The developer teams from Chrome and Firefox1 have announced core changes to how they will handle Flash applications. Despite being an HTML5-first video player, these changes can affect video playback through JW Player. The announcements indicate that the browser itself will decide whether or not a Flash application is core to the viewer’s experience. If the Flash object is small and outside of view, the browser will throttle or add an overlay on top of the Flash application, stopping it from fully rendering2. This functionality is aimed to help reduce power consumption and increase battery life. Applications that use HTML5 and native
JW Player Behavior
JW Player looks at the video type given to the player and chooses a rendering provider (Flash or HTML5) based on the capability of the browser. If there is a media file that cannot be played in HTML5, JW Player will use Flash to ensure that the video can be viewed. This is important for streaming media as most browsers do not natively support today’s most popular adaptive format, HTTP Live Streaming (HLS) and specifically for video advertisements, which rely heavily on Flash.
JW Player uses Flash to support the widely used HLS protocol. Even though there are some browsers that support HLS natively – Safari and the new Microsoft Edge – they do not expose the full functionality of the HLS spec (for example, multiple audio-tracks and DVR window controls).
In order to ensure unthrottled playback when streaming with JW Player, you can do the following:
- Always use a video player that is bigger than 400px by 300px , independent of media formats.
- Use a combination of MPEG-DASH, HLS, and mp4 fallback sources.
DASH will use the native HTML5 video tag and not use Flash at all.
If your video placement requires a smaller size, always provide an mp4 or other HTML5 compatible file as the first source and JW Player will always render without being throttled. This however might be challenging for publishers using JW Player for advertising due to the vast majority of ad units requiring Flash.
Impact on Video Advertising
JW Player chooses an ad creative file from a VAST tag based on the video provider that will be used to play the main video content. If JW Player is going to play a video in Flash, the player will render the ads in Flash. Most publishers force their JW Player setups to use a Flash media provider because the ads returned from their ad server are Flash based. Forcing a player to use Flash still renders a functional video player in HTML5-only environments but publishers without HTML5 ads from their ad partner will not get impressions on those devices.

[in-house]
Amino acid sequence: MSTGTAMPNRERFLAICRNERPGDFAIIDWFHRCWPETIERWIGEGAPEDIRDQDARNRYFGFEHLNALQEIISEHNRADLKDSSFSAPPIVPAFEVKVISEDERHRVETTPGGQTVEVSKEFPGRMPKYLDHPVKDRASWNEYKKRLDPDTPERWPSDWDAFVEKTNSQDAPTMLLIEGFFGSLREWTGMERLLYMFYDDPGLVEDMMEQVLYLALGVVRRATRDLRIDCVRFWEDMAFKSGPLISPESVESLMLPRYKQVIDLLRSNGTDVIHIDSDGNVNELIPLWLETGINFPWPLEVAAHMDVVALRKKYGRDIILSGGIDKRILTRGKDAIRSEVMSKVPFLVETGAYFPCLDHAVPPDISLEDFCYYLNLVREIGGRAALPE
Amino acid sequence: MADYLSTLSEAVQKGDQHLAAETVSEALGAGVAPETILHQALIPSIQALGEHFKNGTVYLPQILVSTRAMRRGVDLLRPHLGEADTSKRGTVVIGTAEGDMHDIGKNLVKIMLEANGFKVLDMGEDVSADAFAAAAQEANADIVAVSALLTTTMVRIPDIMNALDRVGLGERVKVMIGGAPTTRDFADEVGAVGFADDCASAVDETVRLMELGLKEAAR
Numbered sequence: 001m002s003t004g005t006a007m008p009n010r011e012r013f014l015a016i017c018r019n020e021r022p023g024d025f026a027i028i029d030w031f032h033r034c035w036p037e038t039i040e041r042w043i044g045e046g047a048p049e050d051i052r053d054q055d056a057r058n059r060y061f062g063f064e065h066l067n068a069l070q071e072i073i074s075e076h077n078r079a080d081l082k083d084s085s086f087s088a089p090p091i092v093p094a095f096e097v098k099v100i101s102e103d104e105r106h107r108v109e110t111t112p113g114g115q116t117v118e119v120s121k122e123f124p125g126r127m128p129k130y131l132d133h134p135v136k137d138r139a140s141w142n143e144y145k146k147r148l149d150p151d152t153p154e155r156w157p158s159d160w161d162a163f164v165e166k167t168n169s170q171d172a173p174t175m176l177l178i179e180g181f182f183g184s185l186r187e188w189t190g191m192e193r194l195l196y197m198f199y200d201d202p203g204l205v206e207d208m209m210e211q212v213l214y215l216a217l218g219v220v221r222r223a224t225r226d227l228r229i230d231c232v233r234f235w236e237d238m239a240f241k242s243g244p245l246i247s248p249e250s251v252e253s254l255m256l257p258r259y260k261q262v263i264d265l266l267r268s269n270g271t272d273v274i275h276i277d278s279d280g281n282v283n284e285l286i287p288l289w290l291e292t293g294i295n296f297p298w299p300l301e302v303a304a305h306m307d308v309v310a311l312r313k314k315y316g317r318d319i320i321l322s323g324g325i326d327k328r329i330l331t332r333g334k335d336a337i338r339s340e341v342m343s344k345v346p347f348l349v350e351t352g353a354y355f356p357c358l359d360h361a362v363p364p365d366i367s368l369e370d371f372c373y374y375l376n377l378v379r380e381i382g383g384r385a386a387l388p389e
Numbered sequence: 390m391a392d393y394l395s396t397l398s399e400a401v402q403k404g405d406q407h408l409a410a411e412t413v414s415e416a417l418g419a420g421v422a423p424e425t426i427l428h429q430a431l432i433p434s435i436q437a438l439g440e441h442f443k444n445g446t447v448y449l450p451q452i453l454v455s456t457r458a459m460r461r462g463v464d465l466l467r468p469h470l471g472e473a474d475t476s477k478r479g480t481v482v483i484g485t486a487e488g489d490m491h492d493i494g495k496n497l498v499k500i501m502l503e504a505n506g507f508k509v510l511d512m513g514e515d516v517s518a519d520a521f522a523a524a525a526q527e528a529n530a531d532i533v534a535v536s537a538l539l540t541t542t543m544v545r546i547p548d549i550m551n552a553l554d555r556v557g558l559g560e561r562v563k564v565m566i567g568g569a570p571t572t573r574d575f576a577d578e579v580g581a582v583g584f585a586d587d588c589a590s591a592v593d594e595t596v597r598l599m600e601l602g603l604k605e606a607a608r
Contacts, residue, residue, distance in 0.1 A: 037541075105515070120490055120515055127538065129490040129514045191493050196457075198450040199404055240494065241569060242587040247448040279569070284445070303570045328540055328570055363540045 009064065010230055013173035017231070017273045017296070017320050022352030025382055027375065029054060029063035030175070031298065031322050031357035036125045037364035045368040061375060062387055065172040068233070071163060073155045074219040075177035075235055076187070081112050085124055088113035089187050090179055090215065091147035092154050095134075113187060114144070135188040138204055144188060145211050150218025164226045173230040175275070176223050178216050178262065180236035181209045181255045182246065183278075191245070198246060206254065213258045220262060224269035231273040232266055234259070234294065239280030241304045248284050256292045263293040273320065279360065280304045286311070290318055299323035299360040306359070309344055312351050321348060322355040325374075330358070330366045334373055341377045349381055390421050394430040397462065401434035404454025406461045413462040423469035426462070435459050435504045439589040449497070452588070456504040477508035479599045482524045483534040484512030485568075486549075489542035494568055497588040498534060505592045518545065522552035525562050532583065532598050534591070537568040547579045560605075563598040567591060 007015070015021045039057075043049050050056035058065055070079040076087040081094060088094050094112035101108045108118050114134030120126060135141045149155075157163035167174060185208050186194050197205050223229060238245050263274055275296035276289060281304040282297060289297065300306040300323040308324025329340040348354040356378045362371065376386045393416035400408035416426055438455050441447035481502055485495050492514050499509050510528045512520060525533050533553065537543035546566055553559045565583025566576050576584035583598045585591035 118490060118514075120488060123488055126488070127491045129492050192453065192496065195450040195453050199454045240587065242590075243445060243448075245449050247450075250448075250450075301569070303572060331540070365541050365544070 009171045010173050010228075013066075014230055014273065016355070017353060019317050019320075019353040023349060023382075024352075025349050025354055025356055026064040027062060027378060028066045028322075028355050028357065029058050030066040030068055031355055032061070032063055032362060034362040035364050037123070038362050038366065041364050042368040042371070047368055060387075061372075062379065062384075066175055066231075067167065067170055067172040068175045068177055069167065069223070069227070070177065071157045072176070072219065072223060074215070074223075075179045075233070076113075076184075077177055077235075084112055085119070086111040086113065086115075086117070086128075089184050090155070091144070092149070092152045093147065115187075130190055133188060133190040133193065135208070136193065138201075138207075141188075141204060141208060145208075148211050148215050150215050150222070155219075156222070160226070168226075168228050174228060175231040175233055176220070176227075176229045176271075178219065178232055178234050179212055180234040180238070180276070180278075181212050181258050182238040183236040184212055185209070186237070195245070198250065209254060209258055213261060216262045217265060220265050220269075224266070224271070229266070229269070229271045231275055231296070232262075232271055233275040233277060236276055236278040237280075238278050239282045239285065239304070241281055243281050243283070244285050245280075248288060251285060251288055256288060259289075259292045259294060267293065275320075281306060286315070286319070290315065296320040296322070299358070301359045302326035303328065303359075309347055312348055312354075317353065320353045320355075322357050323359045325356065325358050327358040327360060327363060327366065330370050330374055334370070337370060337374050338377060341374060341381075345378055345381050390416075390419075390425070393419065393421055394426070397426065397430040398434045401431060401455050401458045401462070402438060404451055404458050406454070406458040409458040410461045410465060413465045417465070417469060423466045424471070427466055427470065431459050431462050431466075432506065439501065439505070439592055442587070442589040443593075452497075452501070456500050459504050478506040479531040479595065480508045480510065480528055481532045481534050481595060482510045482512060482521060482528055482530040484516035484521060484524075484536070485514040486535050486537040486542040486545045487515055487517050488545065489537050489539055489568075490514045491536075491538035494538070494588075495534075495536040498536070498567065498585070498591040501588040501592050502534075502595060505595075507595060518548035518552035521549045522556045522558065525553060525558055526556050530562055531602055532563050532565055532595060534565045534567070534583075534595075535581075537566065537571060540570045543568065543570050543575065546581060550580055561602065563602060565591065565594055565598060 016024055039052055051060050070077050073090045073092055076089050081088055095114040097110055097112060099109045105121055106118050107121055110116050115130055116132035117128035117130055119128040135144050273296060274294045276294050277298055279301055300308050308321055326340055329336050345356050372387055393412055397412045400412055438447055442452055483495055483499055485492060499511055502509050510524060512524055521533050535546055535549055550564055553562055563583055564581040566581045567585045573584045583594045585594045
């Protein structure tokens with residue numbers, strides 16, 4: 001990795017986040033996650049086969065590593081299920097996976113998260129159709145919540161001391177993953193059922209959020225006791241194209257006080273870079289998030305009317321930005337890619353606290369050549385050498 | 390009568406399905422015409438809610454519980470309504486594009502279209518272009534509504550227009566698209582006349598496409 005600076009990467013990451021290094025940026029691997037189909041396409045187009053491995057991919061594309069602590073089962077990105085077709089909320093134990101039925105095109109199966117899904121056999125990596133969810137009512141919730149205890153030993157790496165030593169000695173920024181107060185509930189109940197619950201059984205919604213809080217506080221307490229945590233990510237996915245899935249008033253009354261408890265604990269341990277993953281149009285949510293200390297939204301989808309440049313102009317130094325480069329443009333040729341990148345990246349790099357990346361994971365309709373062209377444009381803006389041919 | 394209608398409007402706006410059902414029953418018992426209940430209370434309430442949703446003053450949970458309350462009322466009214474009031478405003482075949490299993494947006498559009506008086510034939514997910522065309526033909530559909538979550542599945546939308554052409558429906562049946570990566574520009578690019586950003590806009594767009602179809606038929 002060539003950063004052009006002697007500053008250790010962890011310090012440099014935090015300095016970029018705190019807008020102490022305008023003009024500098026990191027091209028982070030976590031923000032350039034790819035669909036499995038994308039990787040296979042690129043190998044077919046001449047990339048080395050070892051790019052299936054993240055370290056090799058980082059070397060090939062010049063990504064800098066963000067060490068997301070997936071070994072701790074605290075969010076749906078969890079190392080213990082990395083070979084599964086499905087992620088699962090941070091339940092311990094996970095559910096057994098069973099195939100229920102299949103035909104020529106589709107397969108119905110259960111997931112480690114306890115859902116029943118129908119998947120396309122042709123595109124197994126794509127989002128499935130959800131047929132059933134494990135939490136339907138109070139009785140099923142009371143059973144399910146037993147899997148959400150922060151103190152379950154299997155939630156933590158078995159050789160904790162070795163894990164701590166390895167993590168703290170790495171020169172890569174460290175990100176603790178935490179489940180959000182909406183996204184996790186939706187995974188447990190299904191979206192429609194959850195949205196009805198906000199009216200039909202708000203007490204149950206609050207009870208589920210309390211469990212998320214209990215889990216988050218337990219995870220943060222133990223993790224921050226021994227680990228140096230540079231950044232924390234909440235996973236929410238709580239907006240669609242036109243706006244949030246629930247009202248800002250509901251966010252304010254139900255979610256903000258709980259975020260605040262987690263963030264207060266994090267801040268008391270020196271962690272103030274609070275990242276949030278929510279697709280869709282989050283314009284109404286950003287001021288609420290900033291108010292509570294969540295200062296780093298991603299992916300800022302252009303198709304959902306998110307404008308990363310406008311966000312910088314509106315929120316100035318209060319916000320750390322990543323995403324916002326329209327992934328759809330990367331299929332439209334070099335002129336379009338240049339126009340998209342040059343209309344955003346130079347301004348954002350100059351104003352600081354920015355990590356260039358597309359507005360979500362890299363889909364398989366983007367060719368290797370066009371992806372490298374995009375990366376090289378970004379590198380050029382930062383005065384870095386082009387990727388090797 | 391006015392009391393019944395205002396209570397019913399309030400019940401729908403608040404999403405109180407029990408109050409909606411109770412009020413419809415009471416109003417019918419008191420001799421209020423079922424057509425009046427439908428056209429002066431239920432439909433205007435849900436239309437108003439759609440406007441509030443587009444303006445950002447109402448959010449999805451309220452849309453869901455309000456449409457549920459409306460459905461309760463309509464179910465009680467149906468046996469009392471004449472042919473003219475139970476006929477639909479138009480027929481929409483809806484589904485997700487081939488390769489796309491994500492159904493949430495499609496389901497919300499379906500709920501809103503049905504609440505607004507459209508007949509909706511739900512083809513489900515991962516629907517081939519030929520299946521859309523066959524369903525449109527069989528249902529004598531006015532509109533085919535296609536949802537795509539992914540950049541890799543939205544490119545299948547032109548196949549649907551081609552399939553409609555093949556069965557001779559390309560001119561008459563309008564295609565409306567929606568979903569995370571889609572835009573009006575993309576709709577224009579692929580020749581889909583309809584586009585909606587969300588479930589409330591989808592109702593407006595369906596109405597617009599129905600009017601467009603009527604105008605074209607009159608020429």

VPAID is a very popular interface between video player and ad unit that was initially designed to enable a rich interactive in-stream ad experience. In July, 53% of ads played through JW Player were Flash VPAID ads. The majority of these ad units are bulky Flash objects that add real-time bidding, layers of verification and viewability, and extra time to start actual ad playback. The video ad that is returned ends up not being interactive but is likely just an mp4 rendered in Flash.
As a publisher, you can do the following to make sure your small video players with advertising do not get throttled:
- Remove any settings that force Flash to primary and set up the player with HTML5 first video files.
- Work with your ad partner to ensure you get HTML5-compatible creatives (mp4s, VPAID 2.0 JS).
- For now, if your video player is larger than 400px wide and 300px you have nothing to worry about.
- If your site uses Flash videos that are less than 400×300, Chrome and Firefox will likely throttle video playback or block the videos altogether.
- The only way to truly ensure that video playback is not blocked by the browser is to use media formats that do not require Flash. This might take a while as the streaming media landscape shifts from HLS to MPEG-DASH.
- If you are running video in a sidebar and thus need to have smaller video players, make sure the media and ad format will always render in HTML5. Since these video players are small, they likely do not need to take advantage of streaming and can run fine with just an mp4.
1Firefox disabled Flash from its browser until a core security hole was fixed in the plugin.
2Safari has had a power save mode since Safari 7, but it is disabled by default.